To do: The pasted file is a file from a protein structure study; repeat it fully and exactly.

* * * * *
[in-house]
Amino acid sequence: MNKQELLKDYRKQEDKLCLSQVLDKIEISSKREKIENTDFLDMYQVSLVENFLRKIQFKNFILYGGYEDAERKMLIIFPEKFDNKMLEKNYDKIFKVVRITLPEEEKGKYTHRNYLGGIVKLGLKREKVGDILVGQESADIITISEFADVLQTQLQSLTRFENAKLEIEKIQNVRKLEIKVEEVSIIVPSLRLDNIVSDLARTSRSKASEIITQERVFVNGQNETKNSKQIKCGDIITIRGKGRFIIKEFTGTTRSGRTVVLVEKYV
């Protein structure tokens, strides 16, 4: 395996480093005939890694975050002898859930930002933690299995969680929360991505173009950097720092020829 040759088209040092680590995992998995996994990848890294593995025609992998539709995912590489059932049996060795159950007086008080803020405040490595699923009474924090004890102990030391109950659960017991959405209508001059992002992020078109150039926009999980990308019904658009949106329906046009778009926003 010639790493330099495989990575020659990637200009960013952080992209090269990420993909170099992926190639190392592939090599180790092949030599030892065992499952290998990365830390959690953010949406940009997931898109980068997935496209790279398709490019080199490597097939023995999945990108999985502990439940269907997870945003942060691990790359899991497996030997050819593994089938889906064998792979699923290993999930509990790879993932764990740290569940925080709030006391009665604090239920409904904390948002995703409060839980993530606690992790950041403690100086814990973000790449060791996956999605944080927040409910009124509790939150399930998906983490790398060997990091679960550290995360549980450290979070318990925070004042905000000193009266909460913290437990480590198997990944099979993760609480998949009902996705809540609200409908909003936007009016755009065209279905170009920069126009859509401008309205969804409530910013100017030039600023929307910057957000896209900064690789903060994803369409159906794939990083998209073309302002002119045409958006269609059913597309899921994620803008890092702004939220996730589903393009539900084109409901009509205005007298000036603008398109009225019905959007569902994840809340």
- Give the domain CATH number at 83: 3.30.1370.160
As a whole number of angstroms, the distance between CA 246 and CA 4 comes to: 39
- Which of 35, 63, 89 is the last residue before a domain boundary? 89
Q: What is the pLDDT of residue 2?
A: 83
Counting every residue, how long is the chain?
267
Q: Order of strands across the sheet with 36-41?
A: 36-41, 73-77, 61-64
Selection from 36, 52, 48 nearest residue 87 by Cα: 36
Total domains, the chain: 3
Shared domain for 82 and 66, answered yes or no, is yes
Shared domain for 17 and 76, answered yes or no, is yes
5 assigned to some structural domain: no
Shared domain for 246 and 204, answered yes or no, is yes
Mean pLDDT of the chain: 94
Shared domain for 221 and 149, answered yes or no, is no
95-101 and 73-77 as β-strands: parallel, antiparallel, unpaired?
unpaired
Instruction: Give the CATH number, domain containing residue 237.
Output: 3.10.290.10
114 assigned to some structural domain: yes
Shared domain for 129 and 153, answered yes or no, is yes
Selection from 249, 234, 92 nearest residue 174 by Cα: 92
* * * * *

[in-house]
Amino acid sequence: MNKQELLKDYRKQEDKLCLSQVLDKIEISSKREKIENTDFLDMYQVSLVENFLRKIQFKNFILYGGYEDAERKMLIIFPEKFDNKMLEKNYDKIFKVVRITLPEEEKGKYTHRNYLGGIVKLGLKREKVGDILVGQESADIITISEFADVLQTQLQSLTRFENAKLEIEKIQNVRKLEIKVEEVSIIVPSLRLDNIVSDLARTSRSKASEIITQERVFVNGQNETKNSKQIKCGDIITIRGKGRFIIKEFTGTTRSGRTVVLVEKYV
């Protein structure tokens, strides 16, 4: 395996480093005939890694975050002898859930930002933690299995969680929360991505173009950097720092020829 040759088209040092680590995992998995996994990848890294593995025609992998539709995912590489059932049996060795159950007086008080803020405040490595699923009474924090004890102990030391109950659960017991959405209508001059992002992020078109150039926009999980990308019904658009949106329906046009778009926003 010639790493330099495989990575020659990637200009960013952080992209090269990420993909170099992926190639190392592939090599180790092949030599030892065992499952290998990365830390959690953010949406940009997931898109980068997935496209790279398709490019080199490597097939023995999945990108999985502990439940269907997870945003942060691990790359899991497996030997050819593994089938889906064998792979699923290993999930509990790879993932764990740290569940925080709030006391009665604090239920409904904390948002995703409060839980993530606690992790950041403690100086814990973000790449060791996956999605944080927040409910009124509790939150399930998906983490790398060997990091679960550290995360549980450290979070318990925070004042905000000193009266909460913290437990480590198997990944099979993760609480998949009902996705809540609200409908909003936007009016755009065209279905170009920069126009859509401008309205969804409530910013100017030039600023929307910057957000896209900064690789903060994803369409159906794939990083998209073309302002002119045409958006269609059913597309899921994620803008890092702004939220996730589903393009539900084109409901009509205005007298000036603008398109009225019905959007569902994840809340």
- Give the domain CATH number at 83: 3.30.1370.160
As a whole number of angstroms, the distance between CA 246 and CA 4 comes to: 39
- Which of 35, 63, 89 is the last residue before a domain boundary? 89
Q: What is the pLDDT of residue 2?
A: 83
Counting every residue, how long is the chain?
267
Q: Order of strands across the sheet with 36-41?
A: 36-41, 73-77, 61-64
Selection from 36, 52, 48 nearest residue 87 by Cα: 36
Total domains, the chain: 3
Shared domain for 82 and 66, answered yes or no, is yes
Shared domain for 17 and 76, answered yes or no, is yes
5 assigned to some structural domain: no
Shared domain for 246 and 204, answered yes or no, is yes
Mean pLDDT of the chain: 94
Shared domain for 221 and 149, answered yes or no, is no
95-101 and 73-77 as β-strands: parallel, antiparallel, unpaired?
unpaired
Instruction: Give the CATH number, domain containing residue 237.
Output: 3.10.290.10
114 assigned to some structural domain: yes
Shared domain for 129 and 153, answered yes or no, is yes
Selection from 249, 234, 92 nearest residue 174 by Cα: 92